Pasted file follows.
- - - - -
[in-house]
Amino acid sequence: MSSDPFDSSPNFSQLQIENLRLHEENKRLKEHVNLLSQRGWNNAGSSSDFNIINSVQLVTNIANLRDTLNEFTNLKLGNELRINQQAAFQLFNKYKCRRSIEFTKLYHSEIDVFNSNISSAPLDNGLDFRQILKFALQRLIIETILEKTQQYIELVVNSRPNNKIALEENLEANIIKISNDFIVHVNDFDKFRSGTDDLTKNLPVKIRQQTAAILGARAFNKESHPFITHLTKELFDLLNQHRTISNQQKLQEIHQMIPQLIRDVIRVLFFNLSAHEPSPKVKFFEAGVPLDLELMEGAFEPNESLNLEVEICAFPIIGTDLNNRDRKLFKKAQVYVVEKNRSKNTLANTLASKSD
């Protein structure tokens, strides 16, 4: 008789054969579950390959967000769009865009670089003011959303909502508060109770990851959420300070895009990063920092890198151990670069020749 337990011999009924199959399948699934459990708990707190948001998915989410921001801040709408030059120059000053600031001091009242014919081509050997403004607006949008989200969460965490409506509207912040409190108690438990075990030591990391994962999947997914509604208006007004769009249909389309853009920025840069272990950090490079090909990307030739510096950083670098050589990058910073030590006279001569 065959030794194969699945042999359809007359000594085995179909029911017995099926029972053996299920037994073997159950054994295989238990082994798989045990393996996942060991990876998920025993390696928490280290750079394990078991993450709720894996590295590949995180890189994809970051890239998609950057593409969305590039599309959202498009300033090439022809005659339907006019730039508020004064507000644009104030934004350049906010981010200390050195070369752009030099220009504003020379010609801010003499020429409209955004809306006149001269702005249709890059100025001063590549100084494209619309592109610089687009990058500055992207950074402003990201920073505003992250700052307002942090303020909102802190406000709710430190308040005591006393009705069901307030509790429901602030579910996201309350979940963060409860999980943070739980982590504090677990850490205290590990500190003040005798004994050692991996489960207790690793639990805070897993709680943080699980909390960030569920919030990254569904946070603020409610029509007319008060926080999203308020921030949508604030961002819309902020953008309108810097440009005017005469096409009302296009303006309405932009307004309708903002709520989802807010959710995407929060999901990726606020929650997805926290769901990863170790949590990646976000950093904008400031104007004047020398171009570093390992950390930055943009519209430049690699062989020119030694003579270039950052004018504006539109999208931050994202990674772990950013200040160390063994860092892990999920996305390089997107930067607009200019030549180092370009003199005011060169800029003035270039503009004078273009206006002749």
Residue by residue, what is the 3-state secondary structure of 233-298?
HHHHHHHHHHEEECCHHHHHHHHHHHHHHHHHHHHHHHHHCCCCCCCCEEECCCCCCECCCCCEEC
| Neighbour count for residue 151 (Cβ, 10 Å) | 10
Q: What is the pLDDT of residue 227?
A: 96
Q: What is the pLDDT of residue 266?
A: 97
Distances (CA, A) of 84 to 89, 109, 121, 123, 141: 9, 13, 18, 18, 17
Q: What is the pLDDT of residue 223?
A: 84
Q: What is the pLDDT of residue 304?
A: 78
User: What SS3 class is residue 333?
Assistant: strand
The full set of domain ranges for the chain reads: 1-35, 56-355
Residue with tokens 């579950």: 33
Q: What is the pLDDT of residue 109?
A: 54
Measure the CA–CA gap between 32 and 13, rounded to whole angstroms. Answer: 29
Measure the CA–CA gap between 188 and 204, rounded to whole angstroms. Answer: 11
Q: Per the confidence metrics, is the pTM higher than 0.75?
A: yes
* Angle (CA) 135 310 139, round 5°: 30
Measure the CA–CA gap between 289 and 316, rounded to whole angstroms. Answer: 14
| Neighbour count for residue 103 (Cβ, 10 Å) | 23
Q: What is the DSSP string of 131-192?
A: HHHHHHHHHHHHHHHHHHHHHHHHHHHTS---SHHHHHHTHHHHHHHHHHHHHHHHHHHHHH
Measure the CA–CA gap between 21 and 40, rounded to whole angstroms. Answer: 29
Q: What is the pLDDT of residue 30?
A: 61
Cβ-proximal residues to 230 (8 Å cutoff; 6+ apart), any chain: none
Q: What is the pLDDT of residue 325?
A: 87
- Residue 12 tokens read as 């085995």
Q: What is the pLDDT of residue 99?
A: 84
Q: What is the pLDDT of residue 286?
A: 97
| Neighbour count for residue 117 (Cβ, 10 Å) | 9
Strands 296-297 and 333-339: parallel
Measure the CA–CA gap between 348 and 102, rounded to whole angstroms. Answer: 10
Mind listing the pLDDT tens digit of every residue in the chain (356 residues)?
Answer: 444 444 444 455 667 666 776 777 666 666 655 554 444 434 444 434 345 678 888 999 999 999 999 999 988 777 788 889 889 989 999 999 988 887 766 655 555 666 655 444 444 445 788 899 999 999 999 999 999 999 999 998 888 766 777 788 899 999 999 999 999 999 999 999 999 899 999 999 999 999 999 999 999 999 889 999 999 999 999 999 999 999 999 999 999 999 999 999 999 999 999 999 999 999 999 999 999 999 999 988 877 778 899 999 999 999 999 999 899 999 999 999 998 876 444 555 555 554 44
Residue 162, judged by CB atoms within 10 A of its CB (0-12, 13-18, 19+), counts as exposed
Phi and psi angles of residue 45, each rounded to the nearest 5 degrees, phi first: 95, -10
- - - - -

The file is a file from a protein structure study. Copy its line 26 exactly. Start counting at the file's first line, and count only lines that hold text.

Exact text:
* Angle (CA) 135 310 139, round 5°: 30